March 19th, 2013, 05:41 PM
#1
have en error: expression must have integral or enumtype
Code:
#include <iostream>
#include <iomanip>
using namespace std;
//chose to use #define since columns/rows are a constant in the program
#define x 5
#define y 3
int main()
{
//declare variables
double i, n, total = 0.0;
float average;
//declare array and set values stored in it
double rates[5][3] = {{3.4, 56.7, 8.99},
{11.23, 4.67, 85.4},
{34.6, 2.4, 9.0},
{6.3, 8.0, 4.1},
{4.0, 2.0, 3.5}};
for (i = 0; i < x; i++)
for (n = 0; n < y; n++)
total += rates[i][n];
//end for
//calculate the average of values stored in array
average = (float)total/(float) x*y;
//display average with two decimal places
cout << fixed << setprecision(2);
cout << "The average equals: " << average << endl;
cin.get();
return 0;
} //end of main function
What is wrong with > total += rates[i][n];
Thanks in advance for taking a look at it.

March 19th, 2013, 05:56 PM
#2
Re: have en error: expression must have integral or enumtype
Originally Posted by f0rumh4x
What is wrong with > total += rates[i][n];
Array indexes must be an integral type.

March 19th, 2013, 05:56 PM
#3
Re: have en error: expression must have integral or enumtype
The variables : "i" and "n" should be of integral type (such as int), not double.

March 19th, 2013, 06:08 PM
#4
Re: have en error: expression must have integral or enumtype
Thank you very much...that worked. Now to keep studying.

March 20th, 2013, 01:43 AM
#5
Re: have en error: expression must have integral or enumtype
Originally Posted by f0rumh4x
Now to keep studying.
Note that loop iteration variables preferrably should be of integral type. If floating points are used small rounding errors may accumulate and become substantial.
Also be careful with literals; 1 is an integer whereas 1.0 is a floating point.
Last edited by nuzzle; March 20th, 2013 at 01:46 AM.

March 21st, 2013, 12:54 PM
#6
Re: have en error: expression must have integral or enumtype
correction:
floating point errors are only a concern when using decimal parts. float and double can perfectly hold integer values without any form of precision loss in so far as you don't try to store more integer bits than the floating point value has (implicit or explicit) enough mantissa bits.
So you can store a short in a float (24bits mantissa) and a long in a double (53 bits mantissa) and retrieve them back without rounding issues. (and actually still have room to spare)

March 21st, 2013, 06:09 PM
#7
Re: have en error: expression must have integral or enumtype
Is there one specific resource that would be a good reference for understanding floating point better that I can be directed to. I am always looking for more material... I can search multiple resources and get there, but was wondering if any one source is more recommended than another? Again thank you all for the information. It helps more than being given code that I haven't written myself. I think I learn the most from correcting errors I make.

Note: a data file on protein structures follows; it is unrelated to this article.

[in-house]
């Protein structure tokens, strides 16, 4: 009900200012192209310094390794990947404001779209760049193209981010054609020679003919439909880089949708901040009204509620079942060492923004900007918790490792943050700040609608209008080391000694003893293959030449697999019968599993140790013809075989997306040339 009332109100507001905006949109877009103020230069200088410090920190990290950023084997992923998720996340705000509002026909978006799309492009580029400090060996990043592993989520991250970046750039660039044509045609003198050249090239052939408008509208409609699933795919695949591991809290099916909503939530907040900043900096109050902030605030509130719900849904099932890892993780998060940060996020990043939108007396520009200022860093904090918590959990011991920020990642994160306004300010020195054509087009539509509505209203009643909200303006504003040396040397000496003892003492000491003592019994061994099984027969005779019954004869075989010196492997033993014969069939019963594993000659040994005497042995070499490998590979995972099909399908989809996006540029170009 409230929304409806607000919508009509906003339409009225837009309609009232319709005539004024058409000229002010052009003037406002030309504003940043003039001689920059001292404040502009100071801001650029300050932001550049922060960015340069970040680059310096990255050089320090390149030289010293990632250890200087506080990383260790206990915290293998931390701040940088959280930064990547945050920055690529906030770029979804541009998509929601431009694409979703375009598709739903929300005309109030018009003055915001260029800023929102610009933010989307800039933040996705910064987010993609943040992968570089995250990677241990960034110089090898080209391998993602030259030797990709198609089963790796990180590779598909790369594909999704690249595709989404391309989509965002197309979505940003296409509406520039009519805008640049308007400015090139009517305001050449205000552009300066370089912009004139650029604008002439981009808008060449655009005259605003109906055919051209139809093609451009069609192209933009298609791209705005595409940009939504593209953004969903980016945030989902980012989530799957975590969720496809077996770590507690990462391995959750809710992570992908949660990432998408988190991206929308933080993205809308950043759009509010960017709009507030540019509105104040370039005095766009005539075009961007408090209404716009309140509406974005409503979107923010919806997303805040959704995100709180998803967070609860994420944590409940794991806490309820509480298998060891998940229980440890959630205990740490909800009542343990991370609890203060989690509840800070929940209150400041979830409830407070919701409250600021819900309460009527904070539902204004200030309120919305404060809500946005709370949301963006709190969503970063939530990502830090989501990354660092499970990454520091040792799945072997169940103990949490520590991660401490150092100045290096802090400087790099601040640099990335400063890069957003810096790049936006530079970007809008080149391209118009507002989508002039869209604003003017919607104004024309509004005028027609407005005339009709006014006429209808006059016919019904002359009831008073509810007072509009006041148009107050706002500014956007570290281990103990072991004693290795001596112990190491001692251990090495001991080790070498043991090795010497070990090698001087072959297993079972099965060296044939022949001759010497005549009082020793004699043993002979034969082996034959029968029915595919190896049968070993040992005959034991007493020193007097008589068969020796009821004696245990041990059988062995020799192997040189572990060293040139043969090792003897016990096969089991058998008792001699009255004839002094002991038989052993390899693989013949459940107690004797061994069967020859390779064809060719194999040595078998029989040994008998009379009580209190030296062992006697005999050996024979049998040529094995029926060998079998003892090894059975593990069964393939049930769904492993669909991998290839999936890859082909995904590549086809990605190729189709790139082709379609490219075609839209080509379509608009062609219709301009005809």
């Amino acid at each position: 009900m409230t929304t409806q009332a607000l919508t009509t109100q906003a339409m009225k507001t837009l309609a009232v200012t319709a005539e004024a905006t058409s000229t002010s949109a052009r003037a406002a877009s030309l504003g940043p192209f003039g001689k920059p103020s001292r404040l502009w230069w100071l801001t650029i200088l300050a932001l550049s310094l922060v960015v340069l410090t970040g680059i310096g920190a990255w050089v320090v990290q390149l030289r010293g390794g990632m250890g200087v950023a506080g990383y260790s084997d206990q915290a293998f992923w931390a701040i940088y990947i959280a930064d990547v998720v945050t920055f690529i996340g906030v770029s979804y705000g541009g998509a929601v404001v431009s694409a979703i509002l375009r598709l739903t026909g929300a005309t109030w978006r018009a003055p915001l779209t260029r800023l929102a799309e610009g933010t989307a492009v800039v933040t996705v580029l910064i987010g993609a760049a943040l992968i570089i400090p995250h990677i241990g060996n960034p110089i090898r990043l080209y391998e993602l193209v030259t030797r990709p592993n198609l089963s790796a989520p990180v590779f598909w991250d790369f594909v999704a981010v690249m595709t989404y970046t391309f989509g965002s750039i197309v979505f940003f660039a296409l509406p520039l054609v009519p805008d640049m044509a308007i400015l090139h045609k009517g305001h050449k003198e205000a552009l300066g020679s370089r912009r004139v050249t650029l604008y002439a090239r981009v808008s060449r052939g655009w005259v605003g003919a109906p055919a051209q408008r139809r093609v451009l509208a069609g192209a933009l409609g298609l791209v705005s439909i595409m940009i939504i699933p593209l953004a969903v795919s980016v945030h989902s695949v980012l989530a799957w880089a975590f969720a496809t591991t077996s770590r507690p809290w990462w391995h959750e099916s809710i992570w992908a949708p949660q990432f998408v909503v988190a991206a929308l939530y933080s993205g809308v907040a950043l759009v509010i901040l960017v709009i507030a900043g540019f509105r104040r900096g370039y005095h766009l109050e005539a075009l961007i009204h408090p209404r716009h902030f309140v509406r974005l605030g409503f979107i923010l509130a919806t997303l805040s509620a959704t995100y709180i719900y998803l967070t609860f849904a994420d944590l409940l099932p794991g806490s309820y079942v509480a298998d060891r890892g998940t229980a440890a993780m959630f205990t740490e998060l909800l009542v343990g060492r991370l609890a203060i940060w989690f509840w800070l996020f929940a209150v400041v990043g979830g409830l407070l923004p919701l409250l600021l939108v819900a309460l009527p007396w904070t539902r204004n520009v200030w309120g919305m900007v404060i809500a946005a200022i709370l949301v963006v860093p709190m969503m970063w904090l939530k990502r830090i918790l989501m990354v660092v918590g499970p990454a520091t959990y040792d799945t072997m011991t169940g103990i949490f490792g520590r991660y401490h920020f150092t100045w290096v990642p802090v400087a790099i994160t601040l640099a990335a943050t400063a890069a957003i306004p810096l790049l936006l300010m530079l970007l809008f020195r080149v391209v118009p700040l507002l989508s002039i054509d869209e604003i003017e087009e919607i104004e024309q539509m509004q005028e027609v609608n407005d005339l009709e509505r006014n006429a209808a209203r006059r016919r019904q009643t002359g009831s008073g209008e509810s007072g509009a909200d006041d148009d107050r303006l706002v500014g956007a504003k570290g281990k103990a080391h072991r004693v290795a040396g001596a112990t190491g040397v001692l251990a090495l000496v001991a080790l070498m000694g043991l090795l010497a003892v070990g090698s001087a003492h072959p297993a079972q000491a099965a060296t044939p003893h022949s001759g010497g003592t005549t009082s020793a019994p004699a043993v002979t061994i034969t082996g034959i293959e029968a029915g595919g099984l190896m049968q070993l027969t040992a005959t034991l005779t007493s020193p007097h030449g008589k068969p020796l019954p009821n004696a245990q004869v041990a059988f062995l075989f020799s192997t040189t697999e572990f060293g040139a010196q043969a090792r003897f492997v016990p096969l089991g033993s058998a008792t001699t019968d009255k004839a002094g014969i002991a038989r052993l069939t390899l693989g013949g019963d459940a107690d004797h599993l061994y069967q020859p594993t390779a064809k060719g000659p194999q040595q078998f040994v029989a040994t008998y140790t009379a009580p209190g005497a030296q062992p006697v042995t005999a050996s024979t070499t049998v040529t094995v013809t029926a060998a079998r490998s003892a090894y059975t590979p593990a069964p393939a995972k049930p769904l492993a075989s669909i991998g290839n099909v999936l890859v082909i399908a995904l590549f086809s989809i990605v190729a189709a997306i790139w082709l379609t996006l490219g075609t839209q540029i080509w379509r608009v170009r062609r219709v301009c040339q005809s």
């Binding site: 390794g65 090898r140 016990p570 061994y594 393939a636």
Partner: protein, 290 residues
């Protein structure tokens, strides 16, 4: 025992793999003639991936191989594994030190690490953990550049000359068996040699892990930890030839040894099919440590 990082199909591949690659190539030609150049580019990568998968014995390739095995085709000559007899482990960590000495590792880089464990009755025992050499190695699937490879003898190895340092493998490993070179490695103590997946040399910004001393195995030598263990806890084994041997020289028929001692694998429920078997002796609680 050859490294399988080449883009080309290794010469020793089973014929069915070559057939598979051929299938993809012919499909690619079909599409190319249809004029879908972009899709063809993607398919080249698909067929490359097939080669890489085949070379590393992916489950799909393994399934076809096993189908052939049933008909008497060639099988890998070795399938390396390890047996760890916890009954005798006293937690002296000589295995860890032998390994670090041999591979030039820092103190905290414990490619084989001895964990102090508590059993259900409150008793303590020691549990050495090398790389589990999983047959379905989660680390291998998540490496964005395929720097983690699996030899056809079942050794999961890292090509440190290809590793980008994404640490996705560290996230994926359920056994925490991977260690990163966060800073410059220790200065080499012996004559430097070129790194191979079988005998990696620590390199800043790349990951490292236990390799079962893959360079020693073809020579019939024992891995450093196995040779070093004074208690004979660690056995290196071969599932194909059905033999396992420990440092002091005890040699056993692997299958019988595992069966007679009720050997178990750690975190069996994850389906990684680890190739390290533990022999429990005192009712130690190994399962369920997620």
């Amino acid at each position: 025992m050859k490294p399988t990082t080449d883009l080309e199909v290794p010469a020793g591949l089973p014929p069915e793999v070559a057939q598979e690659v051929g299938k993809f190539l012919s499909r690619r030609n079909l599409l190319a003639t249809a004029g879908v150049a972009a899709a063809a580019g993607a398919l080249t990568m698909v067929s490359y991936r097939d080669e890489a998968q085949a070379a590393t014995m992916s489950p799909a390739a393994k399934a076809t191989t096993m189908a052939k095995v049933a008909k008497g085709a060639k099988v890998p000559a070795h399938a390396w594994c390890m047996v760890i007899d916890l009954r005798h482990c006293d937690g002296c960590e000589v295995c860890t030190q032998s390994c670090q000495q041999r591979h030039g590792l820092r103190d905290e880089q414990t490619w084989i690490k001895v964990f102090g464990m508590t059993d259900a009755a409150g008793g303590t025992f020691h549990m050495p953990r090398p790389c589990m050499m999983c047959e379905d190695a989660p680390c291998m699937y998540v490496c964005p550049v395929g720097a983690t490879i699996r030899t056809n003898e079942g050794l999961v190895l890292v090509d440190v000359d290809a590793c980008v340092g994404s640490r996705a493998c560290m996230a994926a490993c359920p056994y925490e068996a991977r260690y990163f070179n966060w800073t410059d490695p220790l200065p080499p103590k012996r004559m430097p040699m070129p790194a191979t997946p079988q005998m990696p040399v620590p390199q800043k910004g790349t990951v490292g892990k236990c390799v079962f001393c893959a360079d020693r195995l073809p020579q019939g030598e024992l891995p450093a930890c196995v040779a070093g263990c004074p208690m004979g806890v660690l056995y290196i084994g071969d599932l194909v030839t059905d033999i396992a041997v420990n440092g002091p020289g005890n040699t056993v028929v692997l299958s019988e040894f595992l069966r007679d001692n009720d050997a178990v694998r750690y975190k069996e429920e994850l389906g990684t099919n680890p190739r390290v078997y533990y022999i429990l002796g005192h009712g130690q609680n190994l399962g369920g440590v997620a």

March 21st, 2013, 06:22 PM
#8
Re: have en error: expression must have integral or enumtype
Originally Posted by f0rumh4x
Is there one specific resource that would be a good reference for understanding floating point better that I can be directed to.
Well, all you would need to know in a general sense is that floating point arithmetic is not exact, unless you're adding/subtracting negative powers of 2.
Here is a good example of a loop that uses floating point, where you can get in trouble:
Code:
for (double d = 0.0; d < 1.0; d += 0.01)
{ }
If that loop is allowed to be executed, how many times will that loop execute? If you use an answer based on adding exactly 0.01 to d, then you may be right  or you may be wrong. Not only that, you may be right if certain compiler switches are used to build the program, but for another set of compiler switches, the very same code produces a different answer.
The issue is that decimal 0.01 is not an exact binary floating point number. It is a repeating, nonterminating binary floating point number. So you have a nonrepeating decimal fraction being translated into a repeating, nonterminating binary floating point number. Those bits on the far end of the binary number start to propagate, causing roundoff error. So when you add 0.01 to d, the value of "d" may be off just enough to remove an iteration from, or add an iteration to the loop.
http://www.parashift.com/c++faq/floatingpterrs.html
http://www.parashift.com/c++faq/flo...intarith.html
http://www.parashift.com/c++faq/flo...ntarith2.html
Also, there is a security site that has identified code like the loop above as a security risk. Since it is indeterminate as to the number of times the loop will execute, the code is considered flawed.
The bottom line is that for loop indices, always strive to use integer loop indices so you know for sure how many times the loop is to be executed. To make sure of this, it may require a simple change (divide by 10 or 100, 1000, etc. within the loop), or the solution may be more elaborate. But whatever the solution, the loop indices are to be integer to ensure how many times a loop will execute.
Regards,
Paul McKenzie
Last edited by Paul McKenzie; March 21st, 2013 at 06:31 PM.

March 22nd, 2013, 06:20 AM
#9
Re: have en error: expression must have integral or enumtype
Originally Posted by f0rumh4x
Is there one specific resource that would be a good reference for understanding floating point better that I can be directed to.
If you really want to get into this stuff, have a look at http://docs.oracle.com/cd/E1995701/..._goldberg.html.
Cheers, D Drmmr
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